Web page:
Ghaly conceded that under the guidance, there is no way to know when major theme parks will be able to reopen, since the decision will be dependent on countywide COVID-19 cases.
"I think there's lot of work we can do together ... to do what we can to reduce transmission in our counties, and there is a path forward there,'' he said. "We do not know when, but we do know how.''
The California Attractions and Parks Association is planning a virtual news conference Wednesday morning to discuss the state's guidelines.
The organization released the following statement on Tuesday:
"To say today's announcement on theme parks is disappointing would be a grave understatement. The Governor has not used science or data to inform his decision. Theme parks have opened and operated safely around the world for months. Data and science prove that theme parks can operate responsibly anywhere - there is no rational reason to believe they can't do so in California. No one cares more about park employee and guest safety than the parks themselves."
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The state will also allow in-person attendance at outdoor events for professional sports in counties that are in the orange tier, with capacity limited to 20%. Counties in the least-restrictive yellow tier can allow capacity at 25%.
Ticket sales will be restricted to fans within a 120 mile radius of the outdoor stadium. Also, tickets must be purchased in advance and assigned seating will be enforced. Face coverings will be required, and tailgating will be prohibited.
"I hope one recognizes our stubbornness on a health-first, data-driven decision making process is done with our eyes wide open on what's happening now around the world," Gov. Gavin Newsom said Monday. "... We have to maintain that vigilance so we can avoid any further increase in transmission."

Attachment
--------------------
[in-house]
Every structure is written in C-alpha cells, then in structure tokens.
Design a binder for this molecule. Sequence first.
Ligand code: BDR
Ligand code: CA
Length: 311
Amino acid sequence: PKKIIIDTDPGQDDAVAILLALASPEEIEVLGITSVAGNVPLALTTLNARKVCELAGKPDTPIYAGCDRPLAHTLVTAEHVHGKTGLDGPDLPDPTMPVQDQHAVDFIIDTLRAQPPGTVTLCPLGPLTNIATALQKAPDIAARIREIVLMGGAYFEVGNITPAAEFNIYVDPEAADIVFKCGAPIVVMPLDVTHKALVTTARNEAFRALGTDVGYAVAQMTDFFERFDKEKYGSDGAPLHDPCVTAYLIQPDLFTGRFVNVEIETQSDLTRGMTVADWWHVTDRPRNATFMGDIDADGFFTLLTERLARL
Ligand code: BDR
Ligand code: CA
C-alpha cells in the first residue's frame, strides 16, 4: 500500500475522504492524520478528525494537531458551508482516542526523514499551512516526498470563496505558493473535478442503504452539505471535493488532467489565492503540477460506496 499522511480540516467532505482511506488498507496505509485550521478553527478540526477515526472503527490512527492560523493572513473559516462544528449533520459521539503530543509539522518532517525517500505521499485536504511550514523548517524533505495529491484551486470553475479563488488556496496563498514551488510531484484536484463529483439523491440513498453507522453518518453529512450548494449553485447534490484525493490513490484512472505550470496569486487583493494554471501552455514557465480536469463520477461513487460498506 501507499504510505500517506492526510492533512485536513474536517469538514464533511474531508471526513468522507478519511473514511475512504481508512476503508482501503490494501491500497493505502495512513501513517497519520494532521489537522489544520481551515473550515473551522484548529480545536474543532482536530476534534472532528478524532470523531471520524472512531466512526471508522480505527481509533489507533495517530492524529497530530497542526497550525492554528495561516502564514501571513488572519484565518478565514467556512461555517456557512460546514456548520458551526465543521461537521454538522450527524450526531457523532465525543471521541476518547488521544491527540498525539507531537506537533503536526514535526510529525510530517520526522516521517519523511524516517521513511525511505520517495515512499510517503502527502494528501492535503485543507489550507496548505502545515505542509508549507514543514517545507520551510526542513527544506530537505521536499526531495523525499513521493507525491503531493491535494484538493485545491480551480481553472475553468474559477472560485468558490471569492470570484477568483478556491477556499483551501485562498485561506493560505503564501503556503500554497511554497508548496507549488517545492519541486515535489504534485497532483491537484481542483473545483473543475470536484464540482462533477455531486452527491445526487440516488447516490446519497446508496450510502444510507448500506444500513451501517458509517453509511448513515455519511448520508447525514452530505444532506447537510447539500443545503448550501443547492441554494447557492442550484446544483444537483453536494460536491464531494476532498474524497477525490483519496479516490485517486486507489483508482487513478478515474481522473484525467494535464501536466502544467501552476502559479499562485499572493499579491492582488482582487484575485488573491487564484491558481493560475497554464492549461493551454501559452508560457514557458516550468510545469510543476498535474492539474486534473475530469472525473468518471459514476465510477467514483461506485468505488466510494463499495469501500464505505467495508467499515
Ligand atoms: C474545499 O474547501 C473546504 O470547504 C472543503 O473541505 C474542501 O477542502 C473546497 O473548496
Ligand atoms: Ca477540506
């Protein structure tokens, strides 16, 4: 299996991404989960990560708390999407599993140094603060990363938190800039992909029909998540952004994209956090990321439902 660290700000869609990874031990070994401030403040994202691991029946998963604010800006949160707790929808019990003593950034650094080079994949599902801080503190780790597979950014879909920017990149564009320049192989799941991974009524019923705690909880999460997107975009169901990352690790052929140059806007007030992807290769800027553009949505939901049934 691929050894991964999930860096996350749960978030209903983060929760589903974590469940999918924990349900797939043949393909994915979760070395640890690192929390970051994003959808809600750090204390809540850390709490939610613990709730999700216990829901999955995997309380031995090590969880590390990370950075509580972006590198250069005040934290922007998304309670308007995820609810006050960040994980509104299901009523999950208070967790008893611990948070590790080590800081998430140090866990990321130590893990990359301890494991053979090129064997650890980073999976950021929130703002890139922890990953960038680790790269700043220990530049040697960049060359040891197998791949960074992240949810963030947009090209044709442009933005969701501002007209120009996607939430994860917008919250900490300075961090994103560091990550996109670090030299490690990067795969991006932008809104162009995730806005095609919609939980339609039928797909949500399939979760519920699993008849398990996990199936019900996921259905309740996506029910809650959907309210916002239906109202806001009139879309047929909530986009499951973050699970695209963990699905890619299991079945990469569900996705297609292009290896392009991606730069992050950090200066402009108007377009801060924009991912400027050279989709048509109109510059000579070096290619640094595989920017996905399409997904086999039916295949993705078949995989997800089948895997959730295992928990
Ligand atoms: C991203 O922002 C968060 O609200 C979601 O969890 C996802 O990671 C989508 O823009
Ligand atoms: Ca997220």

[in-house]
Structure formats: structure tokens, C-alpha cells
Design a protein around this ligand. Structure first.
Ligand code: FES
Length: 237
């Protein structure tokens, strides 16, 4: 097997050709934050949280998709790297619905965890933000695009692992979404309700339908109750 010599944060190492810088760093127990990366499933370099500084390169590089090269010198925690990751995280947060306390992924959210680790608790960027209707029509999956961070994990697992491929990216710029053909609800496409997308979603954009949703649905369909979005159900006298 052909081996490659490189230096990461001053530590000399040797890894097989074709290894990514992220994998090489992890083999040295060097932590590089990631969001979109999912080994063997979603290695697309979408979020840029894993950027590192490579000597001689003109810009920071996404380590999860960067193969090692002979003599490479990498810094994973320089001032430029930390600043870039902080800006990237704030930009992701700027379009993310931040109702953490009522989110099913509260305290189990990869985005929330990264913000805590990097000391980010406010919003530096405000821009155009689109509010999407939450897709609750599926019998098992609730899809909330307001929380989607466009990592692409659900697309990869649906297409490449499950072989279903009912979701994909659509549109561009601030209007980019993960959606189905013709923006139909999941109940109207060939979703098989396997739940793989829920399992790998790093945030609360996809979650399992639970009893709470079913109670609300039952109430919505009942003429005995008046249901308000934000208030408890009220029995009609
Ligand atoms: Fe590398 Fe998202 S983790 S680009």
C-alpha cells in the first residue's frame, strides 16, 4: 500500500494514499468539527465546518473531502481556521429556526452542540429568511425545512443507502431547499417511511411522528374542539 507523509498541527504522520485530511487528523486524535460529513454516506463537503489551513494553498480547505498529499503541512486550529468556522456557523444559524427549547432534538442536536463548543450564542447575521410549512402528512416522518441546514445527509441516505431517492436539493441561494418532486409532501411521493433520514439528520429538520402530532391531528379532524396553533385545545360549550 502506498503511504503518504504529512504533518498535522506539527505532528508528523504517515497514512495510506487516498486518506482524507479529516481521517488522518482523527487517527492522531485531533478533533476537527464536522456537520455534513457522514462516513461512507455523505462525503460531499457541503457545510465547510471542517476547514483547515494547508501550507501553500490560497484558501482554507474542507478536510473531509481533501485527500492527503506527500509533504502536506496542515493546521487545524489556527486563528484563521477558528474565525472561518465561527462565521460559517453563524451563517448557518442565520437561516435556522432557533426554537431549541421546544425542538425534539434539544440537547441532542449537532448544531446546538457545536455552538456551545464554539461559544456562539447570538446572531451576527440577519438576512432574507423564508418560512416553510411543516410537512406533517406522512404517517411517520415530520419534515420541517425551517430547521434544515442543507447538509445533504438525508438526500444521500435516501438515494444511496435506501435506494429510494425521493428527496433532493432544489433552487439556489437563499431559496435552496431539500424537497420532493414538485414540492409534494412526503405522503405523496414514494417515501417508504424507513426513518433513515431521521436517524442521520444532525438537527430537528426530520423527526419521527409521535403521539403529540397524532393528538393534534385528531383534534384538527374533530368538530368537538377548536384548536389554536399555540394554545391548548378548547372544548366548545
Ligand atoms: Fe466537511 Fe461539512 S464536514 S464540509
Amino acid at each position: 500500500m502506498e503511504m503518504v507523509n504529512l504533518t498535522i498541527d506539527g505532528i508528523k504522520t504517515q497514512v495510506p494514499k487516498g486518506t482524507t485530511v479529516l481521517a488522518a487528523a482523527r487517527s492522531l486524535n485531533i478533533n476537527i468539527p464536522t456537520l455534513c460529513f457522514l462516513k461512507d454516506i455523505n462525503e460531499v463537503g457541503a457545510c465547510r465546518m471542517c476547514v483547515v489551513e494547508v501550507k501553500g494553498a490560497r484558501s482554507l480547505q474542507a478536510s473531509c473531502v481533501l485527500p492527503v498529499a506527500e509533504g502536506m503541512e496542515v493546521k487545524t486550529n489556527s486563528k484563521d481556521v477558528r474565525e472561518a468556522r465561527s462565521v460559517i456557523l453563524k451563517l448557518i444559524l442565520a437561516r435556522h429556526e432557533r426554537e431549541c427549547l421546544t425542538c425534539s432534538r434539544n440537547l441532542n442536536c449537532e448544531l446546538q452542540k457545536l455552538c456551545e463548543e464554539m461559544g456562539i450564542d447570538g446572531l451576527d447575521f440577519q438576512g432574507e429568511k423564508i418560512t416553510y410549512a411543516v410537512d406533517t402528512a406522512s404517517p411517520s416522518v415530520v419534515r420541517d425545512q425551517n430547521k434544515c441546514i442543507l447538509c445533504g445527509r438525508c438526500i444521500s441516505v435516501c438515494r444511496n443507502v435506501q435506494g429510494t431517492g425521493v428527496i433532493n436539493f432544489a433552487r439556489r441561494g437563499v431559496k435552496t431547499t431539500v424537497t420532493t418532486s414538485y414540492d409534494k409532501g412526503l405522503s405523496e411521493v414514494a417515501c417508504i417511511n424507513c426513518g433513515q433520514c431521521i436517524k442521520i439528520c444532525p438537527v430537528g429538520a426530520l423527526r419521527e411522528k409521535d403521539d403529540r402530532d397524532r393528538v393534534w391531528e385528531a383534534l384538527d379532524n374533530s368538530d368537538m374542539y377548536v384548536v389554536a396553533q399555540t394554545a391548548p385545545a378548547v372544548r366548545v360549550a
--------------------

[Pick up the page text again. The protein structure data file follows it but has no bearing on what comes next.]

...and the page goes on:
Disneyland, Knott's Berry Farm and other theme parks in California have been closed since the early days of the coronavirus pandemic in March.
Anaheim's tourist-based economy has been particularly hard hit due to the closures. A number of small businesses and independent hotels have remained closed waiting for the theme parks to reopen. The Walt Disney Co.'s Parks, Experiences and Products division, which includes Disneyland, recently announced 28,000 layoffs.
About 50 owners, managers and employees of hotels, restaurants and shuttle companies gathered across the street from Disneyland Tuesday to show their frustration with the new guidelines for reopening the park.
"This is not just Disney, a huge conglomerate that's losing billions of dollars, these are mom pop businesses," said restaurant owner Mariam Elhaj. "These are generational families that have been here in Anaheim for a very long time."
"I call on Gov. Newsom to come to Anaheim to see for himself the devastation this is causing to so many working families," Anaheim's Mayor Harry Sidhu said.
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The Walt Disney Co. is the parent company of this station.
The Associated Press contributed to this report.